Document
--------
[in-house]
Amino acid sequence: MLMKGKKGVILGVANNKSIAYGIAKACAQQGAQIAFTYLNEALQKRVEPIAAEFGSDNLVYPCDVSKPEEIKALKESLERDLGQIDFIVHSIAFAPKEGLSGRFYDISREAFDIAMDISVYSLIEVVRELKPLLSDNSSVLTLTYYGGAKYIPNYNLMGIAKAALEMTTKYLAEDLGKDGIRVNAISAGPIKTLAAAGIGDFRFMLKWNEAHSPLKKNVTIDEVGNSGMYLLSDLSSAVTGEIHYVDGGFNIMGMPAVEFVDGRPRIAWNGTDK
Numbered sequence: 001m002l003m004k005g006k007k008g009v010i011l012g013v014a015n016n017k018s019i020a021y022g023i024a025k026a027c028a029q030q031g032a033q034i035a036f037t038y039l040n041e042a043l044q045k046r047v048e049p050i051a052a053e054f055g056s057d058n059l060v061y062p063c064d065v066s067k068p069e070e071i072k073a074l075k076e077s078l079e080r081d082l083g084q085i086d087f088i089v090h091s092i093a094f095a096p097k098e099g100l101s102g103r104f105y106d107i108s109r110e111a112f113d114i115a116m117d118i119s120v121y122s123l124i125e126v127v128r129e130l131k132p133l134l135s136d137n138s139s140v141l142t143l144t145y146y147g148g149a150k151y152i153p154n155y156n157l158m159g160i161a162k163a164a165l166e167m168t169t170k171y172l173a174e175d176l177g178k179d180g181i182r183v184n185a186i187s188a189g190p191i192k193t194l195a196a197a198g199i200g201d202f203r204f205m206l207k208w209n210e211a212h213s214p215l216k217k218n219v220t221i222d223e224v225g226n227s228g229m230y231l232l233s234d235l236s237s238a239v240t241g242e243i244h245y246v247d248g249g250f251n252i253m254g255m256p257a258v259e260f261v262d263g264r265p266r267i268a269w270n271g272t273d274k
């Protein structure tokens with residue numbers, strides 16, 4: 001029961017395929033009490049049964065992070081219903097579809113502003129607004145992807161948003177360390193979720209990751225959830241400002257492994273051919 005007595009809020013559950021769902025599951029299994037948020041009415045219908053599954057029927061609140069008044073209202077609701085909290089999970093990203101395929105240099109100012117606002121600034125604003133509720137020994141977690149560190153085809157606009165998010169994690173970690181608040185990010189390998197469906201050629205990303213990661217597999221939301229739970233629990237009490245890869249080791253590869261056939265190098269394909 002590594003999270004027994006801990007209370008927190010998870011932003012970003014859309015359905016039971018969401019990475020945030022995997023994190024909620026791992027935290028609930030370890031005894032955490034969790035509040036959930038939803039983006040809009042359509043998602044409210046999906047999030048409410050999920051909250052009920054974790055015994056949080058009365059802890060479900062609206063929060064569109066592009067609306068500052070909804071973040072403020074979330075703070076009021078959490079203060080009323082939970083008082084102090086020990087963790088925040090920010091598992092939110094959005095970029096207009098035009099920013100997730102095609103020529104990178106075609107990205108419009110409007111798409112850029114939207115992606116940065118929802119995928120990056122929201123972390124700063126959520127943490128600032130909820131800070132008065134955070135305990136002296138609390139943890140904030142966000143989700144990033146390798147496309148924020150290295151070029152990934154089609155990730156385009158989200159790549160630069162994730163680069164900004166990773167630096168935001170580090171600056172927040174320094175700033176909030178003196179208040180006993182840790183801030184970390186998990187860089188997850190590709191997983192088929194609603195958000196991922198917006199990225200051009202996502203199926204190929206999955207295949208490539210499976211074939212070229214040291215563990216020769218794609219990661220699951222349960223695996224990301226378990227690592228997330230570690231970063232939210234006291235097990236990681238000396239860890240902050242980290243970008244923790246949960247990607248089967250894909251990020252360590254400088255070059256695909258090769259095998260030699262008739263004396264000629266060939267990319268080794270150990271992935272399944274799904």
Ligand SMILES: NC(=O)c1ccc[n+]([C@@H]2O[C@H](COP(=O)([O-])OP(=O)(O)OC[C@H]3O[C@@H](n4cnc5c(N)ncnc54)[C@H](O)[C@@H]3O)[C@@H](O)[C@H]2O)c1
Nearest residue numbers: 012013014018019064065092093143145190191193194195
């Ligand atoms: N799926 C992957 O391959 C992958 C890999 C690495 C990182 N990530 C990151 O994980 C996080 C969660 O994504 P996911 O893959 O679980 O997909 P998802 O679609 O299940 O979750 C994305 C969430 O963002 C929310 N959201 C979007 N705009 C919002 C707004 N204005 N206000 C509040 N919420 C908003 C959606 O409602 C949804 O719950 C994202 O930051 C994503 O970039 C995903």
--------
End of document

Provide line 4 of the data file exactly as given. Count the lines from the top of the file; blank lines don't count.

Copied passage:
């Protein structure tokens with residue numbers, strides 16, 4: 001029961017395929033009490049049964065992070081219903097579809113502003129607004145992807161948003177360390193979720209990751225959830241400002257492994273051919 005007595009809020013559950021769902025599951029299994037948020041009415045219908053599954057029927061609140069008044073209202077609701085909290089999970093990203101395929105240099109100012117606002121600034125604003133509720137020994141977690149560190153085809157606009165998010169994690173970690181608040185990010189390998197469906201050629205990303213990661217597999221939301229739970233629990237009490245890869249080791253590869261056939265190098269394909 002590594003999270004027994006801990007209370008927190010998870011932003012970003014859309015359905016039971018969401019990475020945030022995997023994190024909620026791992027935290028609930030370890031005894032955490034969790035509040036959930038939803039983006040809009042359509043998602044409210046999906047999030048409410050999920051909250052009920054974790055015994056949080058009365059802890060479900062609206063929060064569109066592009067609306068500052070909804071973040072403020074979330075703070076009021078959490079203060080009323082939970083008082084102090086020990087963790088925040090920010091598992092939110094959005095970029096207009098035009099920013100997730102095609103020529104990178106075609107990205108419009110409007111798409112850029114939207115992606116940065118929802119995928120990056122929201123972390124700063126959520127943490128600032130909820131800070132008065134955070135305990136002296138609390139943890140904030142966000143989700144990033146390798147496309148924020150290295151070029152990934154089609155990730156385009158989200159790549160630069162994730163680069164900004166990773167630096168935001170580090171600056172927040174320094175700033176909030178003196179208040180006993182840790183801030184970390186998990187860089188997850190590709191997983192088929194609603195958000196991922198917006199990225200051009202996502203199926204190929206999955207295949208490539210499976211074939212070229214040291215563990216020769218794609219990661220699951222349960223695996224990301226378990227690592228997330230570690231970063232939210234006291235097990236990681238000396239860890240902050242980290243970008244923790246949960247990607248089967250894909251990020252360590254400088255070059256695909258090769259095998260030699262008739263004396264000629266060939267990319268080794270150990271992935272399944274799904």